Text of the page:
High-quality preschool reduces later special education placement

A recent study released on Tuesday shows that children who attended high-quality preschools in North Carolina were significantly less likely to require special education services in the third grade. These findings were from a longitudinal study following children from at-risk families from birth to the end of third grade. Two programs, More at Four and Smart Start, both publicly funded programs in North Carolina, aim to provide high-quality child care to 4-year-olds living in poverty and to improve the quality and delivery of child care and preschool services for children from birth to 5, respectively. The focus on this developmental period of life is reflective of much developmental research showing that significant cognitive, social, and emotional development occurs across this timeframe and thus, it is a critical period to support. Furthermore, educational psychologist Jeffrey Liew highlights that cognitive and social-emotional development in early childhood can be heavily influenced by teaching efforts targeting those skills.

These findings evidence the importance of a high-quality early childhood education. Between the years 1997 and 2010, over 127,000 students were serviced by the North Carolina preschool programs. As reported in Thinking P-12: The school board role in pre-k education, appropriate class sizes, teacher qualifications, and teacher training, among others, constitute markers that differentiate low from high-quality programming.

Although the results from this study are encouraging, it is important for readers to not misinterpret the results. Furthermore, the study uses maternal education (at time of the childbirth) as a proxy for socioeconomic status (SES). While maternal education is an indicator of SES, the inclusion of additional at-risk markers, such as household income and whether or not the parent(s) are employed typically provides a more comprehensive picture.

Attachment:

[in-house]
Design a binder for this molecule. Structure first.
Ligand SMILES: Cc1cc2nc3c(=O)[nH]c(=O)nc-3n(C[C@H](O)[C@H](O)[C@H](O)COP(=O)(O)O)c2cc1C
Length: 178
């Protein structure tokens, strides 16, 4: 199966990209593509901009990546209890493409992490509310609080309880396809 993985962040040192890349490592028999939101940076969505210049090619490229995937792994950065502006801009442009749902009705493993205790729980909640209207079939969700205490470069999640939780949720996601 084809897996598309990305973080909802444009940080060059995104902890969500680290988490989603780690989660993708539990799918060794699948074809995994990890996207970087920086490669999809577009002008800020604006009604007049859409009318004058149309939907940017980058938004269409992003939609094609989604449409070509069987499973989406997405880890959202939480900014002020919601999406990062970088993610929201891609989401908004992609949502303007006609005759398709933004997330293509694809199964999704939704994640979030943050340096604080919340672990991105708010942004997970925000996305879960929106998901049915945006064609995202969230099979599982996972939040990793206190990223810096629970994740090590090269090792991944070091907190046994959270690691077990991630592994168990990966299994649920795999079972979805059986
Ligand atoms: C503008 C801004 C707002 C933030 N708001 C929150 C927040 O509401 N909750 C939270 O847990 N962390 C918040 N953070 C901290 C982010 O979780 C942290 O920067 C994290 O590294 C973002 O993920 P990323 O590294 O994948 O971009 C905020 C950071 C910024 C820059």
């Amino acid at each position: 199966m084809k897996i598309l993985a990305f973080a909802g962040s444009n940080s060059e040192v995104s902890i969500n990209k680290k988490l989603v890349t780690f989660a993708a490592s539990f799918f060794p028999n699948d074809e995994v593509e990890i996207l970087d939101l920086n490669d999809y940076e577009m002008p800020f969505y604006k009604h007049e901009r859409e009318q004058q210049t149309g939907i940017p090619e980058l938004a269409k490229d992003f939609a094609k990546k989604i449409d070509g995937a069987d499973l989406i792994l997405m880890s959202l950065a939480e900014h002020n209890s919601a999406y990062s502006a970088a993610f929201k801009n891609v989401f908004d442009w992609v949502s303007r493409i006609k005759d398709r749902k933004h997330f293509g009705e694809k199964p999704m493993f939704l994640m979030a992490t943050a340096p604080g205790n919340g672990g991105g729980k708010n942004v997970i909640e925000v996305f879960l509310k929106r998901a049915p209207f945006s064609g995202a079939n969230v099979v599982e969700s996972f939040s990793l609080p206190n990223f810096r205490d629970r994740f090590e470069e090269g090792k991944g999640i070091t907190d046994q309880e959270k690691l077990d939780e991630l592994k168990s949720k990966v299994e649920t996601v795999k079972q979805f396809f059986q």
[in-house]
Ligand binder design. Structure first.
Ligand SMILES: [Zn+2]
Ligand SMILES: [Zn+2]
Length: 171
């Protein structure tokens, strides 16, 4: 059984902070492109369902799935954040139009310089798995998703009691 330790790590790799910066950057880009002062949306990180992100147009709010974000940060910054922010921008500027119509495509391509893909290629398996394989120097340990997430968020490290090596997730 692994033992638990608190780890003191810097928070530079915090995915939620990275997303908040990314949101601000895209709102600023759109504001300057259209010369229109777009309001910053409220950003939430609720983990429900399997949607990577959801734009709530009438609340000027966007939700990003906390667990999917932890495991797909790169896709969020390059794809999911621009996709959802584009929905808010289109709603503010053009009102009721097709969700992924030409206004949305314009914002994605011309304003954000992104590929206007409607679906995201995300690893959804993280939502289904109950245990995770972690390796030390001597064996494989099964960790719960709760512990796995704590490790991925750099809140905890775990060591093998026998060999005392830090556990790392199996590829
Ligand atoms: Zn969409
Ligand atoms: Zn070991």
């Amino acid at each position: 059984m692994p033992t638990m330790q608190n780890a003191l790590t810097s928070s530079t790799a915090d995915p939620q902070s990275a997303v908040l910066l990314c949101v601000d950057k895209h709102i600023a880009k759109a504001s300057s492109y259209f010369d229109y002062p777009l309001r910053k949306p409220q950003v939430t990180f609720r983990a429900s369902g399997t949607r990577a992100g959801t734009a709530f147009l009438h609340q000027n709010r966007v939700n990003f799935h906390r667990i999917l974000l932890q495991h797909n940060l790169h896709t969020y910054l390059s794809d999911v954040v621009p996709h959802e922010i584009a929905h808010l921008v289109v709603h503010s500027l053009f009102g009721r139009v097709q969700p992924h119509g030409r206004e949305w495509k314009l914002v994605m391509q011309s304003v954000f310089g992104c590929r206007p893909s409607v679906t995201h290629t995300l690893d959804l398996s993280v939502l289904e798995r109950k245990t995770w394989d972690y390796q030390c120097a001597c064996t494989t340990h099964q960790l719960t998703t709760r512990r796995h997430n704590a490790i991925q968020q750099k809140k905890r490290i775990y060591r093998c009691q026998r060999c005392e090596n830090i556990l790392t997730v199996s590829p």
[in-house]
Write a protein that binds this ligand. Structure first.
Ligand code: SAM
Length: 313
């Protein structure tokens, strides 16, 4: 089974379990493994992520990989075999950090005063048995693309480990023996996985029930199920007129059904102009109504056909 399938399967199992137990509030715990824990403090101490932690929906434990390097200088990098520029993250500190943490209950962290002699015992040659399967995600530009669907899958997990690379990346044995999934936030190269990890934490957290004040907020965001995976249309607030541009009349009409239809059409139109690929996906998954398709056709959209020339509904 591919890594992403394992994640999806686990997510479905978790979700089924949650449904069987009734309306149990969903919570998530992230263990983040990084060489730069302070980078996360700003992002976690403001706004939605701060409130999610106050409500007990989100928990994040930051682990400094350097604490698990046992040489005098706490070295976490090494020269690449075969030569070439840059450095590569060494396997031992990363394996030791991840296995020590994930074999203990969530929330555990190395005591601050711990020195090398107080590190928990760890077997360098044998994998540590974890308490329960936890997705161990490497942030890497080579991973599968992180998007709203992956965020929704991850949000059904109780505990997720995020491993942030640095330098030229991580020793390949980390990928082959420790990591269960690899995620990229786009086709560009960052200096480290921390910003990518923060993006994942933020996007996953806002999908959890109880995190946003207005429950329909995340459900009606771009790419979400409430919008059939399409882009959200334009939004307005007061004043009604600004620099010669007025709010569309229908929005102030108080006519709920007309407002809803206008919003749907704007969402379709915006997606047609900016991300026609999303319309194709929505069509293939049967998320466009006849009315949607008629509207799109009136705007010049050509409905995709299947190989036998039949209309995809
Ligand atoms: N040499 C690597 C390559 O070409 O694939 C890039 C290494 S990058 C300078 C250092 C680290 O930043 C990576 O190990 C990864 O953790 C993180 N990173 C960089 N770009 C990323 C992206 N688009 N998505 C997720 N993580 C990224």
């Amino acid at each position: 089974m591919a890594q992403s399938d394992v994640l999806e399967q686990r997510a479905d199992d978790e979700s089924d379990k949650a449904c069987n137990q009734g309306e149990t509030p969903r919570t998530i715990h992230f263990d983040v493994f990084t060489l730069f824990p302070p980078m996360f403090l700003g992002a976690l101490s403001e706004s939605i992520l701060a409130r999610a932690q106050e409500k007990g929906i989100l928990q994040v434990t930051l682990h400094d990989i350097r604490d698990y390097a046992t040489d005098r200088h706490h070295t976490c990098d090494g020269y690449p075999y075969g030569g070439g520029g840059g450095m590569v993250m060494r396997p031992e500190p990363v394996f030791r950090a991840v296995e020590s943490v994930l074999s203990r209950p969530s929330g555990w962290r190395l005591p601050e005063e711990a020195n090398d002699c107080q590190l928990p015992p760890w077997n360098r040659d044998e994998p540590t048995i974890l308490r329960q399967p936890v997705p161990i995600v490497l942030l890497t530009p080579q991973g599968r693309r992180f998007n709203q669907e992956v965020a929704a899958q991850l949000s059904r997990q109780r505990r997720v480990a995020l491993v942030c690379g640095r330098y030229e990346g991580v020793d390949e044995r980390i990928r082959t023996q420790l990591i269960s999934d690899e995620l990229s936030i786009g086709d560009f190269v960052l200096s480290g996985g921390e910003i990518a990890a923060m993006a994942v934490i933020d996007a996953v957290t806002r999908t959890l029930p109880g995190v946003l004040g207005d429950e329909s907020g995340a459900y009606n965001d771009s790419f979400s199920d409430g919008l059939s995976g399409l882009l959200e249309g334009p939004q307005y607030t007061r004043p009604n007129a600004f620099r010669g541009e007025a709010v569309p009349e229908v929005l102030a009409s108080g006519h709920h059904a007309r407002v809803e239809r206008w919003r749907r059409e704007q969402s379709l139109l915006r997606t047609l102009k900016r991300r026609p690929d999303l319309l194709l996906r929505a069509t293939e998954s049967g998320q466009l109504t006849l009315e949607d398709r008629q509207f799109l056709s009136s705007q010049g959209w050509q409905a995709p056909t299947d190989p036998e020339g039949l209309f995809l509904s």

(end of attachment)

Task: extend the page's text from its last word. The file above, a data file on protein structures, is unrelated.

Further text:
That high-quality education in preschool reduced special education placement years later in third grade just reinforces the many reasons why addressing issues early can benefit children throughout life. Similar to the foundation of a house, early childhood represents the bedrock of development; when this foundation is built poorly or weakened for whatever reason (e.g., toxic stress, poverty, neglect), the integrity of the entire building is at risk. Through the implementation of high-quality education, these positive experiences can help to “repair the cracks.” As reported in our Research on Pre-K, children who are able to attend high-quality preschool programs, like the High/Scope Perry Preschool program, for example, tend to graduate high school, demonstrate higher achievement at age 14, and earn more income at age 40 compared to those who did not attend similar pre-kindergarten programs.

In conclusion, this study reinforces what we already know: high-quality early childhood education is one of the best ways to support optimal development. This study highlights that when cognitive, social, and emotional problems are addressed early through, children can stand to benefit the most before special education is required.

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